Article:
Give each student a 3 x 5 card with the name of one part of ageographical matchwritten on it. (For example, write a city (Granada) on one card and the country (Spain) on another.)
Allow the students time to find their geographic match. Have a large world map and/or atlases available for students to consult as they look for their matches.
Depending on the size of the class, there might be two or three pairs of students with the same city and country. Have them all become one larger group and locate the place in an atlas. Once they have located the place in the atlas, have them put a marker on the world map.
After all groups have finished, tell them that the movie that they are going to see is going to take place in all of the countries they marked on the map, and some places that aren’t marked on the map.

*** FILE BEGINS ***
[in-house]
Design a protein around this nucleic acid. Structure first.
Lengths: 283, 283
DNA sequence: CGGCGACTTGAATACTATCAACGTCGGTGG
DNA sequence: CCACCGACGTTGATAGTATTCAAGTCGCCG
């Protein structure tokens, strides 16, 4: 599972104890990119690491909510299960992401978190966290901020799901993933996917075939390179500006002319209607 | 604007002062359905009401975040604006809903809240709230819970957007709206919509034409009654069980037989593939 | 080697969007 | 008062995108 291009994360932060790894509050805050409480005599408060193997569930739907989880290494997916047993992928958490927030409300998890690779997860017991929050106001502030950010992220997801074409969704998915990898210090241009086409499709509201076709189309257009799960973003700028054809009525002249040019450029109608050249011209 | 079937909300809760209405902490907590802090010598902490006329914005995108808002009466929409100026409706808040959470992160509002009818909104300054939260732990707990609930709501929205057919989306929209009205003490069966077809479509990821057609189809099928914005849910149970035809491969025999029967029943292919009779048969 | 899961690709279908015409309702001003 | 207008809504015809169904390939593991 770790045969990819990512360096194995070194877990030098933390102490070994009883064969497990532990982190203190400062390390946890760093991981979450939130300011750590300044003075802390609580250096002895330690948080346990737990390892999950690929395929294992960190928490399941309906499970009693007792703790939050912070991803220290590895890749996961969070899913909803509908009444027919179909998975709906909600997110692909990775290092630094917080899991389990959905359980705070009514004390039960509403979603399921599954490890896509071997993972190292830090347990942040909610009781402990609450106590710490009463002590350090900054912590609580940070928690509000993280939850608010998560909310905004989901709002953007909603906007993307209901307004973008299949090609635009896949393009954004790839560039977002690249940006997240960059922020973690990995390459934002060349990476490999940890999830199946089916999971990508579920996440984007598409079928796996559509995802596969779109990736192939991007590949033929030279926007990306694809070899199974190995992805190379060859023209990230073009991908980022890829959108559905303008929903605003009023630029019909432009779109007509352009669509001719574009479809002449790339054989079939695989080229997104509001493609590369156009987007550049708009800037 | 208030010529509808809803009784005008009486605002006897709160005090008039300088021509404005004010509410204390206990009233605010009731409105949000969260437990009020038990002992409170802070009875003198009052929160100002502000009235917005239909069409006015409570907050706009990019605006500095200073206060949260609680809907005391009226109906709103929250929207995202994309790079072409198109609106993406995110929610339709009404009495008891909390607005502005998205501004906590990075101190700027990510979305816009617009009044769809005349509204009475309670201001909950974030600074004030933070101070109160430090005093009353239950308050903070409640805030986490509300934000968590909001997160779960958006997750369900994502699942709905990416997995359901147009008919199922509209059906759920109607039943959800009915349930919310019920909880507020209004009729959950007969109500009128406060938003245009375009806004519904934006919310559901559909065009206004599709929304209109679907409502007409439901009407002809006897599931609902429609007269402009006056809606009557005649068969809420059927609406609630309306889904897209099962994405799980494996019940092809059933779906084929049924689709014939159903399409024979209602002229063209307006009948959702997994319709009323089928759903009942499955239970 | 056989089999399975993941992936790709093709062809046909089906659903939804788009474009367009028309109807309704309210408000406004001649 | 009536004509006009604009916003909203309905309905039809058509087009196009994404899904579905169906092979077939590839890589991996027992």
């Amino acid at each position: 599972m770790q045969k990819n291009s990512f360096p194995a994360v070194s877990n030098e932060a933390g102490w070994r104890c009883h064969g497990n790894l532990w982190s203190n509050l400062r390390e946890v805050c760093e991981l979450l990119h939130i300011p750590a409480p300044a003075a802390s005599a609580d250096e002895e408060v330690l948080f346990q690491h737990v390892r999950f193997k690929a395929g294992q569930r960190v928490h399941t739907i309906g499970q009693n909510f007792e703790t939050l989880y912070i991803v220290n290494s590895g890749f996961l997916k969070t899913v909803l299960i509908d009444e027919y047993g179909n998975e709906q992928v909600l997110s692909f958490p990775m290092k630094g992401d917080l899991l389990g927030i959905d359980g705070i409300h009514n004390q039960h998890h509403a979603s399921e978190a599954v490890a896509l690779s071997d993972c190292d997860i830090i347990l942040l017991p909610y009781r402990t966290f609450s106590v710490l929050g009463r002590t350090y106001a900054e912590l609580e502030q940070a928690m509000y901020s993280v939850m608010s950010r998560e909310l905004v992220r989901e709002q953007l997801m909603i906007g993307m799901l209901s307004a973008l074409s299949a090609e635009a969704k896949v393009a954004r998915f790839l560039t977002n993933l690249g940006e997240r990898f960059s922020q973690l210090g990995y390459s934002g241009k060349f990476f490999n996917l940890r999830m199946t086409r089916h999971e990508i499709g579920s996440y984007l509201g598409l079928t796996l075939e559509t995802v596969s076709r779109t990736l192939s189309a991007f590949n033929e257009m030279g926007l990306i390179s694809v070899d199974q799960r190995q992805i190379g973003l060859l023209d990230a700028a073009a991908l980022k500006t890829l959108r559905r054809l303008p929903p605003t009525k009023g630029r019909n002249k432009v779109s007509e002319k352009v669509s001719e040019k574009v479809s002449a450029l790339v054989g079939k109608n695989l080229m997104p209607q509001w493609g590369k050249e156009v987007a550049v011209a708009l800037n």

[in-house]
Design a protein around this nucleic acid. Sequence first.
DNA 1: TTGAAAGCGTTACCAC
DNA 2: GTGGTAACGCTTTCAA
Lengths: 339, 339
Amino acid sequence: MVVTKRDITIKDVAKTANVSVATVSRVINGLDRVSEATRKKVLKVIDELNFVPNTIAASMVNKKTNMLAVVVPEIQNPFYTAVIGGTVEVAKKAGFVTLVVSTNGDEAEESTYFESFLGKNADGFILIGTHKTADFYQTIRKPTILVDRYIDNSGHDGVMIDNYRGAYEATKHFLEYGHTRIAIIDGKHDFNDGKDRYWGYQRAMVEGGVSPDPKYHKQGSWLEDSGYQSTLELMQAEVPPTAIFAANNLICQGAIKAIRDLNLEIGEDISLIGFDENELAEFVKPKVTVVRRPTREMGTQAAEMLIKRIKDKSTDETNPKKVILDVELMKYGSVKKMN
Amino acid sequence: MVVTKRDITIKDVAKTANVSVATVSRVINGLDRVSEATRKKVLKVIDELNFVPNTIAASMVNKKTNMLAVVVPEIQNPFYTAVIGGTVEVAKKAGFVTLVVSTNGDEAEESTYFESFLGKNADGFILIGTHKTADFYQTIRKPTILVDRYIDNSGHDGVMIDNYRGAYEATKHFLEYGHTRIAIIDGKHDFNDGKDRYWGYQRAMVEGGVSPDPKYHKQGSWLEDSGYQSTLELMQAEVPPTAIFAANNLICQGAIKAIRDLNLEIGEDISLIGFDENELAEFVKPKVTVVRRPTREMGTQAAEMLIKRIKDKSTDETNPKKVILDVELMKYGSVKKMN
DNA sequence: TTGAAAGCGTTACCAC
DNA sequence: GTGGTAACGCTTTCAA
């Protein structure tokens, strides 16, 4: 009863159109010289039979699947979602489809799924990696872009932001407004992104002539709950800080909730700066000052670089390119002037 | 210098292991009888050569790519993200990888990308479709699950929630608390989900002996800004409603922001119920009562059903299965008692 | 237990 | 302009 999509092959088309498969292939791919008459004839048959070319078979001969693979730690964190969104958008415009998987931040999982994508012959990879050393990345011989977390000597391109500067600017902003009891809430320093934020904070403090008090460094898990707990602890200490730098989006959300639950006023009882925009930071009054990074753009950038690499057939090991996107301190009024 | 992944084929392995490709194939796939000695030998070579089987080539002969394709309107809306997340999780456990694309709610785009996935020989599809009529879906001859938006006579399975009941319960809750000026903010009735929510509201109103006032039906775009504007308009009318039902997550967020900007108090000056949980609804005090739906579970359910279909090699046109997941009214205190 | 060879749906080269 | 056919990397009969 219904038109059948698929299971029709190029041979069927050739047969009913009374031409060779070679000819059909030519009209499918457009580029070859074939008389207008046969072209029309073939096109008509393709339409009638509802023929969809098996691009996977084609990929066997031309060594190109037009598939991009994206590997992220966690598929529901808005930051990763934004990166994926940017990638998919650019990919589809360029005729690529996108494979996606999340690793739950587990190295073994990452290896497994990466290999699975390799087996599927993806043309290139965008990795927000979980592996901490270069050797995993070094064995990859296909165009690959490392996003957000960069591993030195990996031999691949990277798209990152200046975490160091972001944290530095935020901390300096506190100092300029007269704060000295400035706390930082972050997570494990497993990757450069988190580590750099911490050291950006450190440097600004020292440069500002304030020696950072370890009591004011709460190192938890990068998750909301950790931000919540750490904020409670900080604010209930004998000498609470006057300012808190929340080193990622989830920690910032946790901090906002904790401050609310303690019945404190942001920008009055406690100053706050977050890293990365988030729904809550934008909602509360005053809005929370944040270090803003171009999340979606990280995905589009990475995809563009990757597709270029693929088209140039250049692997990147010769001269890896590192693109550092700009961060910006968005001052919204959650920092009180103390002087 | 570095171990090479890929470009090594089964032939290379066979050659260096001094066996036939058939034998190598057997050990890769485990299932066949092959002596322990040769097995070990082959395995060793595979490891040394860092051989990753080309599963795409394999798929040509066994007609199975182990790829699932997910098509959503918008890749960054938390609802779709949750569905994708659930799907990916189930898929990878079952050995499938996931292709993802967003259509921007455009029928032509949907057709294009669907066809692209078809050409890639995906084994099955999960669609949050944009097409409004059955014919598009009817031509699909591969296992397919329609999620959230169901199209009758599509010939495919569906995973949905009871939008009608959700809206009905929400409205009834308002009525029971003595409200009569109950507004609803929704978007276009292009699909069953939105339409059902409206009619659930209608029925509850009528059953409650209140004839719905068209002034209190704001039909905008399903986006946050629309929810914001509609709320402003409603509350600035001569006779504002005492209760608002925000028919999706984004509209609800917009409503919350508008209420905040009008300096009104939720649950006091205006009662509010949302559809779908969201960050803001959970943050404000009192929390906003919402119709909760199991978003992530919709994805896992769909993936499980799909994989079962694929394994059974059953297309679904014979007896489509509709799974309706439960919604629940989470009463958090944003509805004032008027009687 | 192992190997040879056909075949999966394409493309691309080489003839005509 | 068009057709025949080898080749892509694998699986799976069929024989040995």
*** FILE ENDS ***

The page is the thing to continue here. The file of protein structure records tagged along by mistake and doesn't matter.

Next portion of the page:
Ask them to conjecture about how music might be different in Africa or Spain or the U.S. or any of the locations listed.
Tell them that they are going to see a movie that explores the “rhythm of life” around the world. Remind them that music and dance are considered performing arts.Tell the students that when people perform for others it can be considered a philanthropic act, they are sharing their time and talent to enhance the common good. There are nonprofit organizations (organizations whose income is not used for the benefit or private gain of stockholders, directors, or any other persons with an interest in the company) that sponsor different types of performances like the one they’re going to see. A nonprofit organization named America Honda – Young Audiences sponsored the making of this movie. The organization is a nonprofit foundation for arts education